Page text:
Woman discovers her charity shop purchase is from ancient Rome, and has been lost since WWII 1 month ago

Woman discovers her charity shop purchase is from ancient Rome, and has been lost since WWII

The bust will be returned to Germany next year

After purchasing a bust from Goodwill, a woman has discovered that it's actually from ancient Rome and has been lost since World War II.

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Art collector Laura Young from Austin, Texas, purchased the bust back in 2018 have found it tucked away. According to the Art Newspaper, Young found the marble bust on the floor, under a table, where it looked "pretty dirty, pretty old."

Young purchased the bust for $34.99, thinking that someone would buy it from her for a garden statue. Over the next few years, Young attempted to track its origin by talking with numerous auction houses and experts at the University of Texas at Austin.

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Via San Antonio Museum of Art Via San Antonio Museum of Art

“I’ve found a lot of interesting things at Goodwill in the past,” Young said, noting she once found a Chinese painting worth $63,000.

Sotheby’s consultant Jörg Deterling was able to identify the bus, placing its origin in Ancient Rome. Specifically, the art piece belonged to King Ludwig I of Bavaria, verified by the Bavarian Administration of State-Owned Palaces, Gardens, and Lakes.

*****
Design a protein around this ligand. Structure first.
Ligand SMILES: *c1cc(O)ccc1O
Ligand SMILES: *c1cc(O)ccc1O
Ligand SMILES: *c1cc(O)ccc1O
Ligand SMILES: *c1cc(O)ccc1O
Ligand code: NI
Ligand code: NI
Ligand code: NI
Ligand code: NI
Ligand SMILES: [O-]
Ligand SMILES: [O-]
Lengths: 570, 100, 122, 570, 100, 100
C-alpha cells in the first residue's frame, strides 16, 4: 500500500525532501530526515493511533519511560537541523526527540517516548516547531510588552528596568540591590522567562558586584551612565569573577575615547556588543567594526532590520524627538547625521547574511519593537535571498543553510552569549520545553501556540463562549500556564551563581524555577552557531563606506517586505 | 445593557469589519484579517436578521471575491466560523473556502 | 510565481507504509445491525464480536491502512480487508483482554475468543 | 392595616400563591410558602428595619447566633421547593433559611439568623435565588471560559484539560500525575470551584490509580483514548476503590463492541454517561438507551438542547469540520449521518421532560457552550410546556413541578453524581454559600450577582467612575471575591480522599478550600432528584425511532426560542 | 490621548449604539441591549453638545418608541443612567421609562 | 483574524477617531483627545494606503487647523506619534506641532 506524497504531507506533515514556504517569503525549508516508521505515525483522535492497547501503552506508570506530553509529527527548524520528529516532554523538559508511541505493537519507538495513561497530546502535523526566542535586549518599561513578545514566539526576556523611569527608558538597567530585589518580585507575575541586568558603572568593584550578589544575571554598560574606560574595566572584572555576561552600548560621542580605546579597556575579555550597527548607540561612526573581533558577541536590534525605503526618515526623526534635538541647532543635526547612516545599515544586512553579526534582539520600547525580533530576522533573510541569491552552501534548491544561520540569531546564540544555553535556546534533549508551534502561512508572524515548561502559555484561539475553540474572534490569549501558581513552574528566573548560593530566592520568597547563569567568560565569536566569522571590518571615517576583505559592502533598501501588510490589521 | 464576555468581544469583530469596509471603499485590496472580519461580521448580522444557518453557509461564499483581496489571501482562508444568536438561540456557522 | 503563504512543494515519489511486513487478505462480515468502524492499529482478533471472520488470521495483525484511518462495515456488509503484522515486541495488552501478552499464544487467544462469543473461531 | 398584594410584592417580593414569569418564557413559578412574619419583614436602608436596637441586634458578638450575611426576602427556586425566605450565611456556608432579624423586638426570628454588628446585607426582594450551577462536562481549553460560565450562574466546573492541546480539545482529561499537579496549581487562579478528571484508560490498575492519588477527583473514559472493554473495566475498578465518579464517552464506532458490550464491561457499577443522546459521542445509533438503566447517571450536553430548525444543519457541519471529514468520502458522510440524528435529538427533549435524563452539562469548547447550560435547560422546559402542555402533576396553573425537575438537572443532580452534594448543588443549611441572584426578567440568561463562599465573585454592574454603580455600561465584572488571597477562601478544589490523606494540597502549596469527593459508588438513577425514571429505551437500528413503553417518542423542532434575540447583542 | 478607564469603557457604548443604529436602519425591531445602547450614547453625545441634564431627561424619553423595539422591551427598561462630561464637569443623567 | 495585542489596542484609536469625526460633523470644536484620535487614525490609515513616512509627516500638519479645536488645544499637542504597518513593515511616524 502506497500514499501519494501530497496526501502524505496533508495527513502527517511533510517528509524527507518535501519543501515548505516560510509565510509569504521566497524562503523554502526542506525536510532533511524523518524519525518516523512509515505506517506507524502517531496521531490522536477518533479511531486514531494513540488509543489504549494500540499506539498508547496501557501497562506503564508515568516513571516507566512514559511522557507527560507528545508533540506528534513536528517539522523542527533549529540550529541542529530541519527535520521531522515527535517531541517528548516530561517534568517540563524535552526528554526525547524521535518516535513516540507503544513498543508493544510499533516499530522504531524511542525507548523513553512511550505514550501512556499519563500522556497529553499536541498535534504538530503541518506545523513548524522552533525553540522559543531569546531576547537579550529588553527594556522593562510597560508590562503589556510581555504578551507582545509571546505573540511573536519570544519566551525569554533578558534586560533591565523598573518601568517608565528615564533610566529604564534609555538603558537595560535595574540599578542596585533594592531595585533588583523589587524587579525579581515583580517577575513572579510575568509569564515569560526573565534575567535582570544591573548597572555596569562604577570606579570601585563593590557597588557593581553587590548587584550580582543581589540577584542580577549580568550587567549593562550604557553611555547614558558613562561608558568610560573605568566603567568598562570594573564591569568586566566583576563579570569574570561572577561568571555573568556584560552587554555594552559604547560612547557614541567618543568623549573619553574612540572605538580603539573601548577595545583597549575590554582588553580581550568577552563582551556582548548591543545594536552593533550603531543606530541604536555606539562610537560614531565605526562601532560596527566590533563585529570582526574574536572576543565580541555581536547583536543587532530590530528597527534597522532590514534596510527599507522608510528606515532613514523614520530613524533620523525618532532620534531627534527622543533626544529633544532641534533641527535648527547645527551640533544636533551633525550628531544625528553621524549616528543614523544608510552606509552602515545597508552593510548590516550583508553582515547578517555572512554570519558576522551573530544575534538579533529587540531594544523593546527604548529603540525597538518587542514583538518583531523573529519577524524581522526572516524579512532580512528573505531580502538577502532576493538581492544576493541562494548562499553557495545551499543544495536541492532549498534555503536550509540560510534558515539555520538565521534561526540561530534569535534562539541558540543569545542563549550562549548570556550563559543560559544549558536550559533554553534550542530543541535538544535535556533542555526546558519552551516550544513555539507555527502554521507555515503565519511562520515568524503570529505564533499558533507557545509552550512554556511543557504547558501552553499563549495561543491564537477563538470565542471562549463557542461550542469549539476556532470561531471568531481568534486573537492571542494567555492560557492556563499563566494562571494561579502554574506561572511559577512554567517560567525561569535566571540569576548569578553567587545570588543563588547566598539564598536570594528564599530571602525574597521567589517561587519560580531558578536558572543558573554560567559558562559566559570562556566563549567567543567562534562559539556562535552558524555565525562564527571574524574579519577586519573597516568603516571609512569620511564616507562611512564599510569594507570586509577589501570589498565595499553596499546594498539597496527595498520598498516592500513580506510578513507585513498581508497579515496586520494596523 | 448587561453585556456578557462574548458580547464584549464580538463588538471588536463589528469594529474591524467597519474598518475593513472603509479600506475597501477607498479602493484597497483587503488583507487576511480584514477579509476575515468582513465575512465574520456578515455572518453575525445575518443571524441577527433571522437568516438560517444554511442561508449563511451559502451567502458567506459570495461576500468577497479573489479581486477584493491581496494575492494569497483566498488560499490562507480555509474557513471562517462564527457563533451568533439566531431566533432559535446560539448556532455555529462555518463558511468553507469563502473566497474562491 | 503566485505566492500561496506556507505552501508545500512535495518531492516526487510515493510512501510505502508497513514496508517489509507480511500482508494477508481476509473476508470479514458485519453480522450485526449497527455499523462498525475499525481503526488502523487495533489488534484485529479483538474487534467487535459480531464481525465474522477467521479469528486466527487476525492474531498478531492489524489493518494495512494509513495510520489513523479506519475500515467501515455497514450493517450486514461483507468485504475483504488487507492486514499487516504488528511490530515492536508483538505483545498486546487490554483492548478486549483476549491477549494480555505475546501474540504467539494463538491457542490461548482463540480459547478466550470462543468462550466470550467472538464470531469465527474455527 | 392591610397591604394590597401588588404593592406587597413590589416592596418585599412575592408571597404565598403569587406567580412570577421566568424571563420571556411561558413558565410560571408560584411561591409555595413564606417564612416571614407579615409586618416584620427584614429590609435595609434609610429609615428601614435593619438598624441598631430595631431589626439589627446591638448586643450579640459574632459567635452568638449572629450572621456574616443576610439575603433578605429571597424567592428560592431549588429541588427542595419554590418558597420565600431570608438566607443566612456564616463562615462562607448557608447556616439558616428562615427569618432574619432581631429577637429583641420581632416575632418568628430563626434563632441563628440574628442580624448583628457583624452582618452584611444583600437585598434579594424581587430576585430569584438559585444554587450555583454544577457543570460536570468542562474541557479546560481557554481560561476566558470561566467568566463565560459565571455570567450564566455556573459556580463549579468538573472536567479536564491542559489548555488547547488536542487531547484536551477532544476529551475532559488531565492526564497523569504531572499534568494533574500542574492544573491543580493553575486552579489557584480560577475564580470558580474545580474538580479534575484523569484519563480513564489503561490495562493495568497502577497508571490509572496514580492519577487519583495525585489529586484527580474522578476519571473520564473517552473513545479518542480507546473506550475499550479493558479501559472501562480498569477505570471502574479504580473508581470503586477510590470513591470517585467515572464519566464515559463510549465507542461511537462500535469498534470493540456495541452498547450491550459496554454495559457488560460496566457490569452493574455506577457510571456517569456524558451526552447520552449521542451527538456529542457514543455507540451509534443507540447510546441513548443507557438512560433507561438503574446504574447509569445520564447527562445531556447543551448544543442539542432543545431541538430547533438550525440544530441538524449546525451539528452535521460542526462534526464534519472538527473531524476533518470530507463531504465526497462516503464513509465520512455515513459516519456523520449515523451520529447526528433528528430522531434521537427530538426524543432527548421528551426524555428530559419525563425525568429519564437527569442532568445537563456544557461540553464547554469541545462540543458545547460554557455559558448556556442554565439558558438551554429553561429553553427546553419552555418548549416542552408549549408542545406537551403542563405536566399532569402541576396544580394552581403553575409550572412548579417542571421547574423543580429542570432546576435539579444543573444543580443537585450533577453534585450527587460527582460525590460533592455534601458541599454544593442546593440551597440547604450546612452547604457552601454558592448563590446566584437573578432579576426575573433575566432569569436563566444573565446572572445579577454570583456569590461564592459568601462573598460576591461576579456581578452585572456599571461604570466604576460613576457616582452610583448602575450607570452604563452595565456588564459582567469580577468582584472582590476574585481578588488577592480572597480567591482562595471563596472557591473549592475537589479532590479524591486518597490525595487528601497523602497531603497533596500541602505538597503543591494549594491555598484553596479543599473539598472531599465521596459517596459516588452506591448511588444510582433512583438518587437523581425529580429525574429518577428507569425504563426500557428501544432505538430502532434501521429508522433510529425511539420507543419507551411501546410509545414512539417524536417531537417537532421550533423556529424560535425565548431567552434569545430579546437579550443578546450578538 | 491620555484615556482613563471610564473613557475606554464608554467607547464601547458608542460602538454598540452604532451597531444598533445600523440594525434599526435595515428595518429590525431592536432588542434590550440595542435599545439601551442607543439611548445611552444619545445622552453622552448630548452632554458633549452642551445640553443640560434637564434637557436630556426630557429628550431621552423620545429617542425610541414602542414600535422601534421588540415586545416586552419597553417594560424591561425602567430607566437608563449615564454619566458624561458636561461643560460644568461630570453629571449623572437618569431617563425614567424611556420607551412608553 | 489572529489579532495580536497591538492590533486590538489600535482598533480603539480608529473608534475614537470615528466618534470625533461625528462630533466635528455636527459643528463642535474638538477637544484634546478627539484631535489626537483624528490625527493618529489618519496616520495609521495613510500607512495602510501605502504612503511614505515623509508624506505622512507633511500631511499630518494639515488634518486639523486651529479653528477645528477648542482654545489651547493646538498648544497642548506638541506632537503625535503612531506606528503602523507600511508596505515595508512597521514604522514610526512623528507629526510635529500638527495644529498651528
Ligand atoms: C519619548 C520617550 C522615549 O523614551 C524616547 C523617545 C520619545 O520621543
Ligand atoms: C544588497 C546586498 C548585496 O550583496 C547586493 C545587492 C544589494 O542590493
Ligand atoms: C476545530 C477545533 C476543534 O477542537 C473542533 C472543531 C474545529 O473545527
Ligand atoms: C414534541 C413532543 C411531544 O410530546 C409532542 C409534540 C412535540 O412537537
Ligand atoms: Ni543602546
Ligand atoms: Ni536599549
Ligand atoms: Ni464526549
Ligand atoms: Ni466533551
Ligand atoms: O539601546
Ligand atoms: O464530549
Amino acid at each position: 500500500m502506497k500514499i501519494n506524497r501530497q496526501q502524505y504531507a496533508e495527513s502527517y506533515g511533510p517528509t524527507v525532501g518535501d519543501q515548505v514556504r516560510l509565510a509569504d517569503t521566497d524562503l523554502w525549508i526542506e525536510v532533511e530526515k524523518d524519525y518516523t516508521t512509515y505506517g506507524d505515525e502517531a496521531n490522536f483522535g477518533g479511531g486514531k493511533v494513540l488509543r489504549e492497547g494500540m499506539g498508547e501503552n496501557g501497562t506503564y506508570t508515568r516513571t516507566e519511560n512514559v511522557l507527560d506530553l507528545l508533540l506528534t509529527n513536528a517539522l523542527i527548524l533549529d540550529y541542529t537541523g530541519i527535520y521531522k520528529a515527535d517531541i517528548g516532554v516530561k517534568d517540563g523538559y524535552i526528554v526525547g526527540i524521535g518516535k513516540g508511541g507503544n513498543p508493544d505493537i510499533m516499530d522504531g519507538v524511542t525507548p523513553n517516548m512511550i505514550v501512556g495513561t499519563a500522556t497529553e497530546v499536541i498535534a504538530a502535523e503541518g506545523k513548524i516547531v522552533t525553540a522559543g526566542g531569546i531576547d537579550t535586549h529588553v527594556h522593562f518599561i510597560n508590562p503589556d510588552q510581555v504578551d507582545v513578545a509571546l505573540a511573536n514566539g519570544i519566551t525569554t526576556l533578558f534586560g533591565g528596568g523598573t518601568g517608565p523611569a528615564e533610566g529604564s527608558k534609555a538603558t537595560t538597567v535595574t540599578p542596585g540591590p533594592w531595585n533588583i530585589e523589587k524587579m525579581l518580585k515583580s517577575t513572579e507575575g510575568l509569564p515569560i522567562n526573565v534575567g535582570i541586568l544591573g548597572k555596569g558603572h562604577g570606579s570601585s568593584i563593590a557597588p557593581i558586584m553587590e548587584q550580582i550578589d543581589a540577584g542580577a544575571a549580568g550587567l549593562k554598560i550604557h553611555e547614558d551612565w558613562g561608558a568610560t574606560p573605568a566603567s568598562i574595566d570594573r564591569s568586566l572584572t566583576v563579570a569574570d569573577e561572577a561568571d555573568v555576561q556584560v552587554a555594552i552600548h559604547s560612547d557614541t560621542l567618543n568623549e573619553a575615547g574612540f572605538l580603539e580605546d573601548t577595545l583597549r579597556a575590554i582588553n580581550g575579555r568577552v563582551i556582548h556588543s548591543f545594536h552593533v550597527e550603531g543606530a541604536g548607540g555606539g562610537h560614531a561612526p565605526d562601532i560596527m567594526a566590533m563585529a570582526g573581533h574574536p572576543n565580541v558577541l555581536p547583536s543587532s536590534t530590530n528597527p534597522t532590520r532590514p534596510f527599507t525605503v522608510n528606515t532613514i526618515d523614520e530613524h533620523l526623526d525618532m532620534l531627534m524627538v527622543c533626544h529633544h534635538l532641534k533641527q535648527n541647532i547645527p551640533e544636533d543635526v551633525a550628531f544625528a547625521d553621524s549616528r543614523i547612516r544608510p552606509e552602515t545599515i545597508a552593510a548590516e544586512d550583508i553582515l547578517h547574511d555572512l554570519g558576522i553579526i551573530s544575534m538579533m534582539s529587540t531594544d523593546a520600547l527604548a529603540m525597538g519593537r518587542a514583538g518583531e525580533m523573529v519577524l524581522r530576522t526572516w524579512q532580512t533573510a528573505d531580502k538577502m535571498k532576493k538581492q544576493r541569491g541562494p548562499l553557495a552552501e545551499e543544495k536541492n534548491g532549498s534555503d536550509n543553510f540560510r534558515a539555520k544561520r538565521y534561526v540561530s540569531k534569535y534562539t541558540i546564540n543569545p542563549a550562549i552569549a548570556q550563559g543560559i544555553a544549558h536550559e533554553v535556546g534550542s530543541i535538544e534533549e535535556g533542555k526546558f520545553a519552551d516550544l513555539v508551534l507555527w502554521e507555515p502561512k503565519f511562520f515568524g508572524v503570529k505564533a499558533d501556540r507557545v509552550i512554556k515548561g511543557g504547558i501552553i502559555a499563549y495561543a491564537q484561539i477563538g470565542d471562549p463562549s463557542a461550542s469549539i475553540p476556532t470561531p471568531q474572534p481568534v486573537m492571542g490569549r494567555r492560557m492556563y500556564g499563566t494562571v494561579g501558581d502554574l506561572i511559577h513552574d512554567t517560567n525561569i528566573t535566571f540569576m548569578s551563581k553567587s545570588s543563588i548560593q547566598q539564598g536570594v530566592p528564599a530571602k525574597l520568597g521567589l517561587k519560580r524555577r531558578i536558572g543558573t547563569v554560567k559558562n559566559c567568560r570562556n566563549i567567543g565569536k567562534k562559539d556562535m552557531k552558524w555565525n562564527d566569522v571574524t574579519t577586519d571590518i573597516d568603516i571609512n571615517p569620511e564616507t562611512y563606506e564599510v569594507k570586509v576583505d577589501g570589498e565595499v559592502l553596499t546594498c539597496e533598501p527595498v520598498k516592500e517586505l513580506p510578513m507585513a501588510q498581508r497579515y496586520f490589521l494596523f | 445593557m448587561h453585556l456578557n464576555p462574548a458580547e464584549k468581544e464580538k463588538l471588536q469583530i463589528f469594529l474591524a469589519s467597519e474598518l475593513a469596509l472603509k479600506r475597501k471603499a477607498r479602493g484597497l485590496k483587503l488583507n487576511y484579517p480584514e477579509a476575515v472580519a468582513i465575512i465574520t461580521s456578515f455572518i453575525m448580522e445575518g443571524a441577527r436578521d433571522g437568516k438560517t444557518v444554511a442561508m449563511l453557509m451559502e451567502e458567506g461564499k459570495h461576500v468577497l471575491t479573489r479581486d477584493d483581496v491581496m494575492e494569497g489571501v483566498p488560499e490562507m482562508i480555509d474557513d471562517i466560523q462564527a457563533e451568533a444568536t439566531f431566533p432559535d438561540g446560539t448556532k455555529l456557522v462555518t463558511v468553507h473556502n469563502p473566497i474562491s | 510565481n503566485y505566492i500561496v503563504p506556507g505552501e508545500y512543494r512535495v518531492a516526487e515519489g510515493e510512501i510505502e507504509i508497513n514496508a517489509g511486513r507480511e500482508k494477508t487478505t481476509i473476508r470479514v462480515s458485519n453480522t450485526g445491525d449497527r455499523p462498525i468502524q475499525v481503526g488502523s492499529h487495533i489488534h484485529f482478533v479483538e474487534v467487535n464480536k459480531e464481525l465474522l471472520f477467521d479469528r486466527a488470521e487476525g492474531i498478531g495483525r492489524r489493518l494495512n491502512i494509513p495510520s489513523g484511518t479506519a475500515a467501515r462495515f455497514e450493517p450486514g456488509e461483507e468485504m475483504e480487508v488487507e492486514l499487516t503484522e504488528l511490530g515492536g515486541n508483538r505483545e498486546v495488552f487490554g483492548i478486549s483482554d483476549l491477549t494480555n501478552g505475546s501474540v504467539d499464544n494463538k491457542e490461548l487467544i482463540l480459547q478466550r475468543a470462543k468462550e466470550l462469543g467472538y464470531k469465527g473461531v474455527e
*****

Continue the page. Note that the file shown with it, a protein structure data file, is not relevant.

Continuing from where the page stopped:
It's believed that the bust portrays Pompey the Great, who Julius Caesar killed during a civil war.

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The bust is currently on display at the San Antonio Museum of Art and will return to Germany after May 21, 2023.

“We are very pleased that a piece of Bavarian history that we thought was lost has reappeared and will soon be able to return to its rightful location,” said Bernd Schreiber, president of the Bavarian Administration of State-Owned Palaces, Gardens, and Lakes, in a statement.

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While it's not immediately clear how a roman statue ended up in a charity shop across the world, the last known location was Bavaria, Germany, during the Second World War. The bust was on display at the Pompejanum, a replica of a Roman villa, when allied forces bombed the location in January 1944. Following the war's end, the US military occupied the area, and it's believed a soldier took the bust back to Texas.

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